One of the tasks I’ve laid out for myself is to write about more world music this year.  (Well, really write about more music in general, but I read somewhere you should set small tasks and move on to big ones.)  I listened to two records that have possibilities.  The first was one I asked for, The Rough Guide to Senegal.  It’s one of those records that really shouldn’t work – jumps around from style to style, doesn’t really cohere as a record per se, but the tracks are strong.  I can see going at least a high HM.  The second record, which I played as a lark, pissed me off because it began by knocking me out – a world music fusion group called Monoswezi.  If I remember correctly from the notes, they combine Scandinavian jazz and Zimbabwe folk music influences – the leaders of the band are a white saxophone player and a black African lead vocalist (female) who also plays mbira.  The first few tracks were absolutely spellbinding, getting by on not just song but atmosphere and presence, with some looped beat putting some real hypnotic feel in there.  Then it just lost focus, which was a royal disappointment.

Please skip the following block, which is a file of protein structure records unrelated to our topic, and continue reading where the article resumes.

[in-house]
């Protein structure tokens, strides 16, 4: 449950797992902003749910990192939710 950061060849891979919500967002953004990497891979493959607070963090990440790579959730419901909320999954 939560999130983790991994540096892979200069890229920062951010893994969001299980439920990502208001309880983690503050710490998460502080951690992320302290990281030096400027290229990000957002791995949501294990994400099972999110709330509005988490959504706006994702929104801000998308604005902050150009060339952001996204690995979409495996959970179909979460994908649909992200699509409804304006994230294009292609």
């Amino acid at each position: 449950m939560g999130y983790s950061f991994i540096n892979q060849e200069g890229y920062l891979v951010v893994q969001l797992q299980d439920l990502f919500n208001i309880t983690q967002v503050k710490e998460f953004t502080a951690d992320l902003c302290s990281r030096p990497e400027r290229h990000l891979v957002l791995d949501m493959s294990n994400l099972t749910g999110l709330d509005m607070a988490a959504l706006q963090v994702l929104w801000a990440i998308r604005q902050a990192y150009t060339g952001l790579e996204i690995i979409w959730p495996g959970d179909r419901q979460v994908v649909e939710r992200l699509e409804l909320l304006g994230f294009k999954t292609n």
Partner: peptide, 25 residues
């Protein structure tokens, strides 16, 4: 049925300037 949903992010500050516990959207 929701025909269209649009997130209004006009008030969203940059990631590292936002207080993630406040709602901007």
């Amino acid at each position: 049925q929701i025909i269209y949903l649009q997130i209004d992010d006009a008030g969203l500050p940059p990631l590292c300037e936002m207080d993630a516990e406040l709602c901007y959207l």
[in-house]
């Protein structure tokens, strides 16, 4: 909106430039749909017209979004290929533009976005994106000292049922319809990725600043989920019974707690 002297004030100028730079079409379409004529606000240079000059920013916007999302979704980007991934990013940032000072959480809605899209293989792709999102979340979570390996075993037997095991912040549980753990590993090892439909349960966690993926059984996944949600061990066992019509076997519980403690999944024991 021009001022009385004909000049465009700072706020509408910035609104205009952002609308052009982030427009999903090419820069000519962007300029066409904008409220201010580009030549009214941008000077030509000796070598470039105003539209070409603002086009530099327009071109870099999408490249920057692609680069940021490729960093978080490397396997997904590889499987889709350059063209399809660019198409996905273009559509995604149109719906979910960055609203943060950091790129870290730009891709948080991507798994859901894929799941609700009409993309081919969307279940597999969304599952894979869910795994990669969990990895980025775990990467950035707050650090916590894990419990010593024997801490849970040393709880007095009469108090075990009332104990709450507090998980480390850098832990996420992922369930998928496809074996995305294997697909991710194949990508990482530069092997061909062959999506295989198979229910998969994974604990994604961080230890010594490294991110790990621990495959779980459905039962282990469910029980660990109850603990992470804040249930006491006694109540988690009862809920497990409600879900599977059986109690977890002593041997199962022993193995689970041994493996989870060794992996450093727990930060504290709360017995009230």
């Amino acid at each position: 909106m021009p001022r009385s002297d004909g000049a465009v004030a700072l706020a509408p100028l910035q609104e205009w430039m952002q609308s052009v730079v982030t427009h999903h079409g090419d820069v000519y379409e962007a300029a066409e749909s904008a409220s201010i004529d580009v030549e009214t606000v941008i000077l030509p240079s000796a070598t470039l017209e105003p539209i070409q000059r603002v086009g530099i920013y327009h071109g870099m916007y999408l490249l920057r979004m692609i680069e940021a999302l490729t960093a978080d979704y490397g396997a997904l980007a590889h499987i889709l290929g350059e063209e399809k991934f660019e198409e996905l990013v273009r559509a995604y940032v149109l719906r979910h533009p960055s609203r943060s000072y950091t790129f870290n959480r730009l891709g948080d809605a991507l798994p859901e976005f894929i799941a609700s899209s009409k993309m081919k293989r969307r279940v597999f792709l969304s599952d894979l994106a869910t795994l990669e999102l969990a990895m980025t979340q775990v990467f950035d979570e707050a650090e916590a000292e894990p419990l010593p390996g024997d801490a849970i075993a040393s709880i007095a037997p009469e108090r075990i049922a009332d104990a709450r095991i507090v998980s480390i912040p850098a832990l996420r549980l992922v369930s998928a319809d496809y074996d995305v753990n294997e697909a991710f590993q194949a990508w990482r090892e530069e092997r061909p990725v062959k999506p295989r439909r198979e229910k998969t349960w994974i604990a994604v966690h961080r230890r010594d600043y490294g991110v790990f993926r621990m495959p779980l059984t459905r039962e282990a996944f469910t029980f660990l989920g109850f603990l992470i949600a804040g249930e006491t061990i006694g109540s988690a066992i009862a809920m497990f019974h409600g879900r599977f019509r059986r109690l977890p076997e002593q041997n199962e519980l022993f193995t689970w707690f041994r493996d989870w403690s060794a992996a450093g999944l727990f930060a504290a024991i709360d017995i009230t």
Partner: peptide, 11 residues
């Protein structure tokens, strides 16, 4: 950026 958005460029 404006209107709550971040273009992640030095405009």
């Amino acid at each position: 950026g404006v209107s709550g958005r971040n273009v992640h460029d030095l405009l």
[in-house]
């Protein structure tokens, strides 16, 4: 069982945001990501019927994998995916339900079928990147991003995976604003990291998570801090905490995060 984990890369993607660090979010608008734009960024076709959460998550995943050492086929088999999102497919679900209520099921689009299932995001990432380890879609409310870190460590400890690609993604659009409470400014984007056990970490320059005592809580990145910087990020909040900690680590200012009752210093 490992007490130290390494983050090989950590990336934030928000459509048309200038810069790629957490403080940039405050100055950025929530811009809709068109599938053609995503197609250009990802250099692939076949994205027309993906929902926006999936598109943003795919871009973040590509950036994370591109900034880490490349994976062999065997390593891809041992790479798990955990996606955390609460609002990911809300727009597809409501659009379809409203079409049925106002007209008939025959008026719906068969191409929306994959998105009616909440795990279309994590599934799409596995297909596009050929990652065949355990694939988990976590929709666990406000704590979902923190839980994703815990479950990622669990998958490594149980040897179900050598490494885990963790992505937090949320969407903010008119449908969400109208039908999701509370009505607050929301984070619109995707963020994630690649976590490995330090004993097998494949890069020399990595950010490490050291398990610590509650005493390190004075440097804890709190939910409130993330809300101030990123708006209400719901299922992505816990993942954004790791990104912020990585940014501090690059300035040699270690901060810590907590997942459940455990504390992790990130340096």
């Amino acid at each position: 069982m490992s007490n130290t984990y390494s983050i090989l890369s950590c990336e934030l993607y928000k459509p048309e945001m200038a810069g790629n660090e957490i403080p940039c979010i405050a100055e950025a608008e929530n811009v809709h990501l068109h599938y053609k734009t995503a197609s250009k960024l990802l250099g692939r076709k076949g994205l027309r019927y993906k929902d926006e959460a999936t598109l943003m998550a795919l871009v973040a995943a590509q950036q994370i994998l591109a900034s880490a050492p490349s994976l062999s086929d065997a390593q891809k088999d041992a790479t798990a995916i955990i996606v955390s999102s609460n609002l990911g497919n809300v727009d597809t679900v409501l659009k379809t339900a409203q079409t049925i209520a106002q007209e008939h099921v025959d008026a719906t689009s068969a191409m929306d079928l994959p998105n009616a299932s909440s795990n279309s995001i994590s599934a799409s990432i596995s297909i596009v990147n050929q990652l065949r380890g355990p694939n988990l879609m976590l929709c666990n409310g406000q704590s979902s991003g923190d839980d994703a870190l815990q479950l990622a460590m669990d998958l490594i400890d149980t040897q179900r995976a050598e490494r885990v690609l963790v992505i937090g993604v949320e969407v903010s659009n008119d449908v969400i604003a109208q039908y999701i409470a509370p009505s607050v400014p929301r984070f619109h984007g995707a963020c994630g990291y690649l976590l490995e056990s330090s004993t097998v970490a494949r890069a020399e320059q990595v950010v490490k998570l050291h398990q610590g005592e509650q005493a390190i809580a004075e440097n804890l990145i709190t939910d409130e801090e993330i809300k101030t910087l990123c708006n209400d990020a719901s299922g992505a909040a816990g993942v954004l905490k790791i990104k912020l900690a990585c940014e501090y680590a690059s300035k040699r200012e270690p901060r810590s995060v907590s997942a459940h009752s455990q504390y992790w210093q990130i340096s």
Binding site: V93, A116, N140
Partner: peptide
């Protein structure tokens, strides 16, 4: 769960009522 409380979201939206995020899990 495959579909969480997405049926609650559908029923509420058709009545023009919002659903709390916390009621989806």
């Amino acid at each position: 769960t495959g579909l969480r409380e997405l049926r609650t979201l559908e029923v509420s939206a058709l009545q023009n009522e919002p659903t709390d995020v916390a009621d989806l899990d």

I’m intrigued by the Solange Knowles record everyone likes, but I don’t quite understand it yet.  On the other hand, I’m slightly repelled by the Dawn Richard record Gubbels touted for Spin – when he told me the accent of “Richard” was on the second syllable, her prog leanings made so much more sense.  I have to admit, prog leanings on an R&B record are pretty audacious, but these days I kind of dig something even rarer – you know, R&B leanings.  Does Ahmir Thompson really like this kind of stuff?  I wonder. 

The soundtrack to that West Memphis Three movie is some kind of bullshit.  These guys get locked up for twenty odd years for a crime DNA evidence says they didn’t commit, ostensibly because their love of Marilyn Manson had the Arkansas town folk seeing the oogie boogies.  So how does Manson repay them?  With a fucking Carly Simon cover.  What a fucking douche.